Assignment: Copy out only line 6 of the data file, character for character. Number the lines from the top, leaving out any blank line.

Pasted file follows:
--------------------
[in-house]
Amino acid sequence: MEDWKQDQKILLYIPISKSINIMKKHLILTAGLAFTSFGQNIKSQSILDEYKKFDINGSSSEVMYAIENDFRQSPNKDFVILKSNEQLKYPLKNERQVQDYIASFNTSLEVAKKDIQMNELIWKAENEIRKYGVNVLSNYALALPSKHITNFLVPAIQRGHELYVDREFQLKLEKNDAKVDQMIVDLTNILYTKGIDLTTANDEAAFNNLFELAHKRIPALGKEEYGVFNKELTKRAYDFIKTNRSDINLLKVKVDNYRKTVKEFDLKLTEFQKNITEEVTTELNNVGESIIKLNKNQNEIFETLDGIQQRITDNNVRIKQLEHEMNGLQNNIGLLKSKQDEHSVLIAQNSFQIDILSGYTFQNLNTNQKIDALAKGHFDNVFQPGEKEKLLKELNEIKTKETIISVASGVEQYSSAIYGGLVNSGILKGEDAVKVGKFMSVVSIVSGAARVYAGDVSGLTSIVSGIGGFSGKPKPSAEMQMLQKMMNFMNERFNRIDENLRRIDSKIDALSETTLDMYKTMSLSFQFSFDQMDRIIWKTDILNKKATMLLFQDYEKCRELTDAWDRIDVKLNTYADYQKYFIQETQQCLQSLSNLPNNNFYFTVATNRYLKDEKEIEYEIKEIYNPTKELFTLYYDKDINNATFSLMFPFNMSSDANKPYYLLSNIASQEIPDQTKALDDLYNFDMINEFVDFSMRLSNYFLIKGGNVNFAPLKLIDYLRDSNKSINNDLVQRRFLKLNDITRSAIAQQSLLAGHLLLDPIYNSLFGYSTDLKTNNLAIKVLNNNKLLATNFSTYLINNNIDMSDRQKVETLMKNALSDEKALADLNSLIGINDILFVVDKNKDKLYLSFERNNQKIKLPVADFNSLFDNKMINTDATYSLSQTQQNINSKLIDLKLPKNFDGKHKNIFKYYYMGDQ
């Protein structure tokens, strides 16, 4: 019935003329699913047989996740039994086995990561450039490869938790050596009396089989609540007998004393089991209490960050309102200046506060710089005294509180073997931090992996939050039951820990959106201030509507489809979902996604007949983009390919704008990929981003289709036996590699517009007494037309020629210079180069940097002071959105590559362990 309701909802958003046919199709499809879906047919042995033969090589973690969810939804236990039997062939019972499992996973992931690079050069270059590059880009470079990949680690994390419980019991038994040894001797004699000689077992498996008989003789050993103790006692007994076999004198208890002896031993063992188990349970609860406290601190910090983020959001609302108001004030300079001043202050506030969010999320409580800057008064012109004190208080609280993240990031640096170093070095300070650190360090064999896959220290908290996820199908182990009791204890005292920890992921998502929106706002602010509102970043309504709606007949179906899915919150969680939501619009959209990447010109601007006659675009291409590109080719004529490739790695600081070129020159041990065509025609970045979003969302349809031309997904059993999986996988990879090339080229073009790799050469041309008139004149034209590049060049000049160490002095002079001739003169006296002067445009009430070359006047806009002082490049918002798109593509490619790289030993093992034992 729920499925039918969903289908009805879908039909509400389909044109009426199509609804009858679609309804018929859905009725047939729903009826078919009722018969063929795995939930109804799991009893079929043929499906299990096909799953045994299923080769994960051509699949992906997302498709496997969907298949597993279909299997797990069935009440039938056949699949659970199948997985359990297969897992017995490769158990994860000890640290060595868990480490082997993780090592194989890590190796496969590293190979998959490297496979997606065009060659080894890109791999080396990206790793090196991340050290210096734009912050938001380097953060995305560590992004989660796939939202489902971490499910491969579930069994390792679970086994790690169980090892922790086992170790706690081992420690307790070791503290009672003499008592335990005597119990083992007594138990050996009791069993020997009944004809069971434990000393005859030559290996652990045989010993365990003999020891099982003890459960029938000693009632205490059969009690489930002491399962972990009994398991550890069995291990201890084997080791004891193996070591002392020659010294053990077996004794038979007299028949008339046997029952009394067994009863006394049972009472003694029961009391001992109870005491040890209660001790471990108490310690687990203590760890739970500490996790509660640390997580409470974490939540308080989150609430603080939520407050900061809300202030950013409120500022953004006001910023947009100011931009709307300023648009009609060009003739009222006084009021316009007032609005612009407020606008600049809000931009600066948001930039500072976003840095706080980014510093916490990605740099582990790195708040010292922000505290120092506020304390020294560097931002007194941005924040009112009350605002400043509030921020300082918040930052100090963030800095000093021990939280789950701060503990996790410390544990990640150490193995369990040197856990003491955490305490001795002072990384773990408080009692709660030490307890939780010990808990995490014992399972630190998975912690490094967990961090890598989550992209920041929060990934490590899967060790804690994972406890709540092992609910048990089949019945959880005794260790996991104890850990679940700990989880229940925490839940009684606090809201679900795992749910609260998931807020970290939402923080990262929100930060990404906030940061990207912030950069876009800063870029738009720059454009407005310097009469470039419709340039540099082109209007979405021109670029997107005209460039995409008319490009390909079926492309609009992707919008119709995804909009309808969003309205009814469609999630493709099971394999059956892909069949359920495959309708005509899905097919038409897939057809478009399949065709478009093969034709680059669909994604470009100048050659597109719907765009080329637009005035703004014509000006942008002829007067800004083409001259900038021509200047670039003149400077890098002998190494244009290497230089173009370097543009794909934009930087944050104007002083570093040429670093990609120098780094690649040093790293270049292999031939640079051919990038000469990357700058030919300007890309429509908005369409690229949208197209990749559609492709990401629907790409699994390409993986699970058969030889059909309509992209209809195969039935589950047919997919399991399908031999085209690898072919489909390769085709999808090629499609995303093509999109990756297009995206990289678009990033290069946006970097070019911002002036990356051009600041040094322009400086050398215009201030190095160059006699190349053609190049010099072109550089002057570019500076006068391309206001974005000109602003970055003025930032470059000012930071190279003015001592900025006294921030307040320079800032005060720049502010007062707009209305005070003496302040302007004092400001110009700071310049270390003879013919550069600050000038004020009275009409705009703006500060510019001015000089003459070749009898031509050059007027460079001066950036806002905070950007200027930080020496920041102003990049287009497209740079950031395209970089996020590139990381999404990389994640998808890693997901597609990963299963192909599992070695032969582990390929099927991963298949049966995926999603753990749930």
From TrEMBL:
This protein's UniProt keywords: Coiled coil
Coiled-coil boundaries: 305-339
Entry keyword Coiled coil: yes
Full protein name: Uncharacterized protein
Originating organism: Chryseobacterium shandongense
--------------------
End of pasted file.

Coiled-coil boundaries: 305-339